If every story were a circle, what would that circle look like? The October issue of Wired Magazine includes an article about Dan Harmon, creator of the NBC television show Community. The article focuses on Harmon's means of telling a story. He has it broken down into clear steps, and then the steps are drawn into a circle. They are:
- A character is in a zone of comfort
- But they want something
- They enter an unfamiliar situation
- Adapt to it
- Get what they wanted
- Pay a heavy price for it
- Then return to their familiar situation
- Having changed
This schema sounded really familiar. No surprise, of course, because so many pieces of classic and modern storytelling are based upon it. But it was familiar for another reason. Turns out Joseph Campbell came to a lot of the same conclusions, and I read about them a few months ago here in an article by Chris Vogler. I'm not sure how much credit ought to go to Campbell and how much to Vogler, so I'll credit them both. They go into a lot more detail than Harmon, with more steps and separate inner and outer journeys, but the idea is the same.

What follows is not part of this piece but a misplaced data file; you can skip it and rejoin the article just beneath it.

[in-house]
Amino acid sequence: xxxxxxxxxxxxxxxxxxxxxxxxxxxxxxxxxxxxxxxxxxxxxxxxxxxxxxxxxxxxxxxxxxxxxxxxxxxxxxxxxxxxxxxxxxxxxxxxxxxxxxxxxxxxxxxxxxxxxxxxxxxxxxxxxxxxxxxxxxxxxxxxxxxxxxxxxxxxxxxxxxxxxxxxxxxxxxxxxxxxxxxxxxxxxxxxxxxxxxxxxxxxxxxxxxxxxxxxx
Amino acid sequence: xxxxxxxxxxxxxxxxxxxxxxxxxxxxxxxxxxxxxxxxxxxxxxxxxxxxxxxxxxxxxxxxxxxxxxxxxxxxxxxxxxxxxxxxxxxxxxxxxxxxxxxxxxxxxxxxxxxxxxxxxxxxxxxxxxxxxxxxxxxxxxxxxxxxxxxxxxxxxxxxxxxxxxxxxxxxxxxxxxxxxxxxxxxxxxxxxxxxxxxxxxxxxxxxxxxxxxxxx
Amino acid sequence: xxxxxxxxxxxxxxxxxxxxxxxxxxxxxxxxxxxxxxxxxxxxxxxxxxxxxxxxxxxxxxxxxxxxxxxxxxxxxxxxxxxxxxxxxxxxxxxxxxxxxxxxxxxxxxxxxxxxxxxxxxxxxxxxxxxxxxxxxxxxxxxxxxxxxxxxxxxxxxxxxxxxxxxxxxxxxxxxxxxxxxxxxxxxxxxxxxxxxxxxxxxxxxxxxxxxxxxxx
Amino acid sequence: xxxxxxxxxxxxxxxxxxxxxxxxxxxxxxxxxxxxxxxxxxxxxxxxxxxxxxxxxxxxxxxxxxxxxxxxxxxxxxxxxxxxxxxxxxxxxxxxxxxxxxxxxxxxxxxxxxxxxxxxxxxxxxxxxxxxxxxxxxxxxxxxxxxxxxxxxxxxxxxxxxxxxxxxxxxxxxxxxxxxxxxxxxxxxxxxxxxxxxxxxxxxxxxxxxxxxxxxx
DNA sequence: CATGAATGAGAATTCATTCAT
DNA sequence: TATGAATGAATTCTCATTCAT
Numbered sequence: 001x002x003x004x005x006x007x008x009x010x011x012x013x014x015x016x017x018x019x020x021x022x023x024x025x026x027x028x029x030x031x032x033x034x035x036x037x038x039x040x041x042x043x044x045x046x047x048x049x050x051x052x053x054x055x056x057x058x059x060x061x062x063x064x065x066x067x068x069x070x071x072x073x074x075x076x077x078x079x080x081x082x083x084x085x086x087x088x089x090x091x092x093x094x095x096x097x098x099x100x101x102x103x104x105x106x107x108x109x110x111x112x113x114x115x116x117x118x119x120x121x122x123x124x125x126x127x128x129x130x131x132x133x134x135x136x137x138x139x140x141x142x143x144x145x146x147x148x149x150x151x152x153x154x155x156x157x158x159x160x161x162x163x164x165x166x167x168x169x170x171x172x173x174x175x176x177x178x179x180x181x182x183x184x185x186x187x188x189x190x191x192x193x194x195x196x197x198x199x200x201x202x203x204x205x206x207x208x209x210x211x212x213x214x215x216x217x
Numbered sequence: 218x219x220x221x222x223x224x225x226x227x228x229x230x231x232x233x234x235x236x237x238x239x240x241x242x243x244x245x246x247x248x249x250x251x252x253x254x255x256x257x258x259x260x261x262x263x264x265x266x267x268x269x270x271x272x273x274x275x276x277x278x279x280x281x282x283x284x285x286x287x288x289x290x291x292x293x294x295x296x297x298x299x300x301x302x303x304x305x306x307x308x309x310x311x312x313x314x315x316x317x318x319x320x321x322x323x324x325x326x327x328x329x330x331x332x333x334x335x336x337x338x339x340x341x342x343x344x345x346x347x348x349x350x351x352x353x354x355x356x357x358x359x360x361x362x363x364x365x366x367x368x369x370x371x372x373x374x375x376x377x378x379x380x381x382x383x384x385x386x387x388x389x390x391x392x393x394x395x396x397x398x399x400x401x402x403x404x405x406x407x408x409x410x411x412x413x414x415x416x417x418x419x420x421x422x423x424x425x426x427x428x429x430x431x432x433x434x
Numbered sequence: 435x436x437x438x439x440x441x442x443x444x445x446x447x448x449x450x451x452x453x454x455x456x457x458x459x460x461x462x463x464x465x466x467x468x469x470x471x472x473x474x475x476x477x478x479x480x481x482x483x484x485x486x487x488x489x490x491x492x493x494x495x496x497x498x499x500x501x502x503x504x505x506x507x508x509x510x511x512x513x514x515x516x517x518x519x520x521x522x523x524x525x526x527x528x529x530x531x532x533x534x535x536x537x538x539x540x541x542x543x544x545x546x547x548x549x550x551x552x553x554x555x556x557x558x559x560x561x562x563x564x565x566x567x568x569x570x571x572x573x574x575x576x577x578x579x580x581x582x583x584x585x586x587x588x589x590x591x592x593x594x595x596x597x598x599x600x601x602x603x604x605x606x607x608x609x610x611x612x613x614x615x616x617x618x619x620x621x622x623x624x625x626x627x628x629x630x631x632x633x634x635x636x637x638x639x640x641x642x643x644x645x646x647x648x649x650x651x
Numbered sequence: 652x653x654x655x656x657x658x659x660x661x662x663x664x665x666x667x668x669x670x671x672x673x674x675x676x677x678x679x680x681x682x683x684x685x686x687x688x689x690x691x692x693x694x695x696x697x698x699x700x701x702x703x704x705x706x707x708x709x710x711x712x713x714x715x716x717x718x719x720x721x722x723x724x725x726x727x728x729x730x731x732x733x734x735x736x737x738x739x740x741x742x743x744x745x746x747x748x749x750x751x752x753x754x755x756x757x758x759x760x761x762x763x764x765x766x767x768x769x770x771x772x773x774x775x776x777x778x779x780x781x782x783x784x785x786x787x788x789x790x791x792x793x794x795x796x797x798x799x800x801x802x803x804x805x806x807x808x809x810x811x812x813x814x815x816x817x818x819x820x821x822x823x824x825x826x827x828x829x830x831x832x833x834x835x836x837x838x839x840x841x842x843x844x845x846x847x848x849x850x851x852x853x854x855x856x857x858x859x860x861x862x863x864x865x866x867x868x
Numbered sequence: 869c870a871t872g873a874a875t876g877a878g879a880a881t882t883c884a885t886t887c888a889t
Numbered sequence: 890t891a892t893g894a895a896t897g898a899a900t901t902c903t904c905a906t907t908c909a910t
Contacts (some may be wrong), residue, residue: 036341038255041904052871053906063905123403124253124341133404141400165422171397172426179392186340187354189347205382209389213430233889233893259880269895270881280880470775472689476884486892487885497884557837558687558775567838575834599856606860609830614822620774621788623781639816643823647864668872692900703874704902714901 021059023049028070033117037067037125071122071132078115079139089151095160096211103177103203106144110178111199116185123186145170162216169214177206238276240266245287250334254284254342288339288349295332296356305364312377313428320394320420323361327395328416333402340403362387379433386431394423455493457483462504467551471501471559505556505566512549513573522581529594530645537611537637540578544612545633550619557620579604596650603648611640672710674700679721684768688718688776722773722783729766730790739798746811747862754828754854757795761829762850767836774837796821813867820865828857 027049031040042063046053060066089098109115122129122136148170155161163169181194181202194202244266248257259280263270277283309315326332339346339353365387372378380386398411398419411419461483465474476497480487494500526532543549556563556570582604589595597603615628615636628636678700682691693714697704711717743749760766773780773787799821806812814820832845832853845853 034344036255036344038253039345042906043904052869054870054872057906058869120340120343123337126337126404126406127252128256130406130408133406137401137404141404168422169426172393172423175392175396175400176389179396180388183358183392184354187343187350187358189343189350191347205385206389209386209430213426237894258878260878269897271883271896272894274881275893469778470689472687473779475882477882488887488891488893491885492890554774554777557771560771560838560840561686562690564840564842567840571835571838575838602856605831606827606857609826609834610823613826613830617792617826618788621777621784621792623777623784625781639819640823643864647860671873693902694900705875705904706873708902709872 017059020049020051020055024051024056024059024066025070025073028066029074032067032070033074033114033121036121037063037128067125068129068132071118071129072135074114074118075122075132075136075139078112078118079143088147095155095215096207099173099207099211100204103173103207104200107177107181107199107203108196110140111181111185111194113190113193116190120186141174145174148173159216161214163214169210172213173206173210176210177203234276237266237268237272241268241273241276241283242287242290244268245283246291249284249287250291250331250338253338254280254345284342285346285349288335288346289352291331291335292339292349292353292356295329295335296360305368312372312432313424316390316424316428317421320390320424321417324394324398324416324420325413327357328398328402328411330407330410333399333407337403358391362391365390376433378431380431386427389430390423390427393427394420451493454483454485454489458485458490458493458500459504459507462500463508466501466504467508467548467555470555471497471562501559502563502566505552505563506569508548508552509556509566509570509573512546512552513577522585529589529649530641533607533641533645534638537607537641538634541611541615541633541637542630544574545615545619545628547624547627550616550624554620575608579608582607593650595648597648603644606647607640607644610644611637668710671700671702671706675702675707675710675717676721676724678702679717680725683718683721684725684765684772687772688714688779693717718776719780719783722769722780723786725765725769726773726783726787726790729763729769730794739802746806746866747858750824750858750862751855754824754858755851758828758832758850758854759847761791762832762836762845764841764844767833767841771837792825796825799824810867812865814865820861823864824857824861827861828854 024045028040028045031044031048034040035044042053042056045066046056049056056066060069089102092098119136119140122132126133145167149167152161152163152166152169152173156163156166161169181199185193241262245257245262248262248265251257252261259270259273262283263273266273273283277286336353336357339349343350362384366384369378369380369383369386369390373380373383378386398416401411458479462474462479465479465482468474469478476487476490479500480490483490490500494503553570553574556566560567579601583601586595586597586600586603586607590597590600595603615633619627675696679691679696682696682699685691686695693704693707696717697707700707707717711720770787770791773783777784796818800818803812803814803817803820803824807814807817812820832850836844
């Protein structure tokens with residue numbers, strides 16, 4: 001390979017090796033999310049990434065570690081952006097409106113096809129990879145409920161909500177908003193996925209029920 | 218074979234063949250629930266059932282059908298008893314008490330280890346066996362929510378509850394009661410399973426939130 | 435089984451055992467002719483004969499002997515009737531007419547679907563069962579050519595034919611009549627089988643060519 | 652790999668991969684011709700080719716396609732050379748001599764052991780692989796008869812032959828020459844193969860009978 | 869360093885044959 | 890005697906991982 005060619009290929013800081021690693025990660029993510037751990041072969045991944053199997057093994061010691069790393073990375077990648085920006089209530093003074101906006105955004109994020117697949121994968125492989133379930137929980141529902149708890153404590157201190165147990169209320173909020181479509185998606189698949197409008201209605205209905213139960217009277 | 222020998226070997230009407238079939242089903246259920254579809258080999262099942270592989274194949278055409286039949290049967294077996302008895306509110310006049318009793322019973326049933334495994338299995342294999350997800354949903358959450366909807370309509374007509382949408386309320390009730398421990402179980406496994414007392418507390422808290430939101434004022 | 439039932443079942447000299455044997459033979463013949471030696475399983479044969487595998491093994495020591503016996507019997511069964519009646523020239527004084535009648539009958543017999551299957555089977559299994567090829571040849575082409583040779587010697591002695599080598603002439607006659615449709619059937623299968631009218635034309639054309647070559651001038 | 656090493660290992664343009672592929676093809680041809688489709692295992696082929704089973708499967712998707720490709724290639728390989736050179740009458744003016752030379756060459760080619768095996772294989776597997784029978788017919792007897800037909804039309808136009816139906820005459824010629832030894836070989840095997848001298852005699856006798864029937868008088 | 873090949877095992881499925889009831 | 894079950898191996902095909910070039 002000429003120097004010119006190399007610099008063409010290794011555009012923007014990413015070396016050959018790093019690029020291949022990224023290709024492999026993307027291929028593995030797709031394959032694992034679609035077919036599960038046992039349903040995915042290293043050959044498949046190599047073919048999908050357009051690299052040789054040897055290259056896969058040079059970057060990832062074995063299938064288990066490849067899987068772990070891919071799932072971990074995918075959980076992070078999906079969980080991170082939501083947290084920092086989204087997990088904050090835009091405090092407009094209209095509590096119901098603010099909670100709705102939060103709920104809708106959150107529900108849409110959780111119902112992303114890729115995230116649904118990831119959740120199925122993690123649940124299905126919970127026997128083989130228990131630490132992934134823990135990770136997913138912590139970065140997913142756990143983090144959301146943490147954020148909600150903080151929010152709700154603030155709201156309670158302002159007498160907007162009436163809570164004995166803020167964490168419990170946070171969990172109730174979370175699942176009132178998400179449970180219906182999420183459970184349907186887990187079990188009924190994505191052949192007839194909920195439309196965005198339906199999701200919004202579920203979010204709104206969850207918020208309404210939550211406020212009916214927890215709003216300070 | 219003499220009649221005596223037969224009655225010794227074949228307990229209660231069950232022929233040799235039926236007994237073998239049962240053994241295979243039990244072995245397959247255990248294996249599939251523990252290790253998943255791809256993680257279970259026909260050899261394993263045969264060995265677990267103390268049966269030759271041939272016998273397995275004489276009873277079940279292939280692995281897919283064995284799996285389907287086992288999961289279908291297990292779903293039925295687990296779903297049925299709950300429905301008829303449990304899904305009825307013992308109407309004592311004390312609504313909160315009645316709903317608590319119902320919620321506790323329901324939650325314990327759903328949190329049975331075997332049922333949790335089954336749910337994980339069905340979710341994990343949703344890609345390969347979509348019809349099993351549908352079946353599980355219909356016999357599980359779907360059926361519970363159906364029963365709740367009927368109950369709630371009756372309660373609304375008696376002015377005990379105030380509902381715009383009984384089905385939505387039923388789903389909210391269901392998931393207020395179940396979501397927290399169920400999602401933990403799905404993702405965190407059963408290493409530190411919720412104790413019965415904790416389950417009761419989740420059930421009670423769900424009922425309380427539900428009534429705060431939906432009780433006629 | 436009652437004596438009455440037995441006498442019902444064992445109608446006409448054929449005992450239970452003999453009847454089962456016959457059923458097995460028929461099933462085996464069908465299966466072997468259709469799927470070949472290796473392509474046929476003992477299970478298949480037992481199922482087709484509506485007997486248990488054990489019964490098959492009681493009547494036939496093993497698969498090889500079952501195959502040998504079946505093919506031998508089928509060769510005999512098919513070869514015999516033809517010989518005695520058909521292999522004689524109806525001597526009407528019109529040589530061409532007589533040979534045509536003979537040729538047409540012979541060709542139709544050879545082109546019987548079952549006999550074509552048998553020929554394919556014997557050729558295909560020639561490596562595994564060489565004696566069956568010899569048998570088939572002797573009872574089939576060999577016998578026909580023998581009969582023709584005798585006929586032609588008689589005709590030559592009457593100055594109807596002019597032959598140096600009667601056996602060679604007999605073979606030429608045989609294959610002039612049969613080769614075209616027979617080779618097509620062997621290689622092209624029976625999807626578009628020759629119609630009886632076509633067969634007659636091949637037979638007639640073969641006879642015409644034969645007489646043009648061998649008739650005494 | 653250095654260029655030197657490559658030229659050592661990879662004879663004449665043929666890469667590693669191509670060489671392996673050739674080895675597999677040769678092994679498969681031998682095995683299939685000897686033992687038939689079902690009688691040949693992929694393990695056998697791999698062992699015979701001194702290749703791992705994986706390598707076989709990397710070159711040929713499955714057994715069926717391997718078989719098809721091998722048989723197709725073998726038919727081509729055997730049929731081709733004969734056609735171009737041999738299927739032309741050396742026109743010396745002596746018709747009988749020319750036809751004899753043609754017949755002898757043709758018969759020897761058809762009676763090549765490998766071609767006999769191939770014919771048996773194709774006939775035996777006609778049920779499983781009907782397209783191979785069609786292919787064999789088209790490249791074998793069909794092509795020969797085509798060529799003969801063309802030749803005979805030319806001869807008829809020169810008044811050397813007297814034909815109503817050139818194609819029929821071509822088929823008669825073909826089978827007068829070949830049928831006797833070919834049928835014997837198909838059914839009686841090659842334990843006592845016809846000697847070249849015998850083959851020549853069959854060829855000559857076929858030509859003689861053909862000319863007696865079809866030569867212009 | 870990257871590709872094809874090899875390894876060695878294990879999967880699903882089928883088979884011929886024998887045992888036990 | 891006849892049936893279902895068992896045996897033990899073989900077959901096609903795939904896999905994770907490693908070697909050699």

All of this got me wondering: If I broke down a segment of Think Out Loud into a circle, what would the circle look like? Here's what I came up with.
From start to end, that's:
- Host's introduction
- What the guest did
- Why she did it
- What she learned
- The greater significance of it all
- What the guest is going to do now
In retrospect, it looks like a pretty standard interview format. To what degree this plays to the strengths of radio, I don't know. I also don't know how many interviews follow this format that I settled on while eating dinner tonight. But now that I have a rubric, I'll be listening for it.